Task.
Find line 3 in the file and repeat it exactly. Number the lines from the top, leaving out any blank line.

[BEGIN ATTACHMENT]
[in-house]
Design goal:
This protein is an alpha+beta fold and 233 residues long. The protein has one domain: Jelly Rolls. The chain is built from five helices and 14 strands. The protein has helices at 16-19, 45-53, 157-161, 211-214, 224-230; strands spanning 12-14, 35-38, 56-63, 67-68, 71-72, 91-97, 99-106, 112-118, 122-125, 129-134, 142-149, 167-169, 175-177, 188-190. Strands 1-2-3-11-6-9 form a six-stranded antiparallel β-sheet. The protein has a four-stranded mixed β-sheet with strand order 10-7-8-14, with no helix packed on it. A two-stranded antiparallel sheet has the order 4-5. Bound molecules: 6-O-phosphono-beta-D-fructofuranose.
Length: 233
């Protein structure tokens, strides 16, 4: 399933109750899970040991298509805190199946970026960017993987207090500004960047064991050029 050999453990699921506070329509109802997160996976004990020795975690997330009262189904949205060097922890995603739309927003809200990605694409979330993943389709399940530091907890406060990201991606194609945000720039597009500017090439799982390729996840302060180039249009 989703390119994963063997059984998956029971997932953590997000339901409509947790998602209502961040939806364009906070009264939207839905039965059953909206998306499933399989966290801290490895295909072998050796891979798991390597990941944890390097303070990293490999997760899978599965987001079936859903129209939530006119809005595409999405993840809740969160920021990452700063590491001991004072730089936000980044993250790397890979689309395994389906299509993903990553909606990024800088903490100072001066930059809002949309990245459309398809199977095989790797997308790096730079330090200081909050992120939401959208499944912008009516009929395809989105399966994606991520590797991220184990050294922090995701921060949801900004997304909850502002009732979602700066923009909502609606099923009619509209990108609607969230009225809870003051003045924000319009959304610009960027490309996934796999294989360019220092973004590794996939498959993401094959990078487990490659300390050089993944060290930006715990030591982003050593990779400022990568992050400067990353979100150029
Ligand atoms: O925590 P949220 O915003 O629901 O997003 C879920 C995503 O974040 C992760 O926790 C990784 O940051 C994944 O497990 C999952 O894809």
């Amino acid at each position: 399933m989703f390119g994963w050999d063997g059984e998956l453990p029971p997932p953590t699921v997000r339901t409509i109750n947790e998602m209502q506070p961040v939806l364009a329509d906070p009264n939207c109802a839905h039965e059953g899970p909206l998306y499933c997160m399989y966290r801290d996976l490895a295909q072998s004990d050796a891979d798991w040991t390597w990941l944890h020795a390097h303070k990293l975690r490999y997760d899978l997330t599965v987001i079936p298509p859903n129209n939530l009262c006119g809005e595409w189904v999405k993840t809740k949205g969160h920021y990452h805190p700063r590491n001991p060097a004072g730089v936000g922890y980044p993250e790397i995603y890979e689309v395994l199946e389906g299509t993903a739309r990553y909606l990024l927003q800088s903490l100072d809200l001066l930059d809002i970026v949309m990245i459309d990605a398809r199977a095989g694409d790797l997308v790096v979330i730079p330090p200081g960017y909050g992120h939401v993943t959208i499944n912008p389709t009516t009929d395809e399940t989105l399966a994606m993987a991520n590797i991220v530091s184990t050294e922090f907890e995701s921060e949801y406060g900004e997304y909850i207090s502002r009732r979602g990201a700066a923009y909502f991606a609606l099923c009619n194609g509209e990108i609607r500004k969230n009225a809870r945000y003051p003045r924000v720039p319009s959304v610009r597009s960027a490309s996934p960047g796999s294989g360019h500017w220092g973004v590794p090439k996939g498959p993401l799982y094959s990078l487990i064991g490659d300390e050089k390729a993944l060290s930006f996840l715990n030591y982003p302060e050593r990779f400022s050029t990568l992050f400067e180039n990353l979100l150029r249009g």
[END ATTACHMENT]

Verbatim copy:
This protein is an alpha+beta fold and 233 residues long. The protein has one domain: Jelly Rolls. The chain is built from five helices and 14 strands. The protein has helices at 16-19, 45-53, 157-161, 211-214, 224-230; strands spanning 12-14, 35-38, 56-63, 67-68, 71-72, 91-97, 99-106, 112-118, 122-125, 129-134, 142-149, 167-169, 175-177, 188-190. Strands 1-2-3-11-6-9 form a six-stranded antiparallel β-sheet. The protein has a four-stranded mixed β-sheet with strand order 10-7-8-14, with no helix packed on it. A two-stranded antiparallel sheet has the order 4-5. Bound molecules: 6-O-phosphono-beta-D-fructofuranose.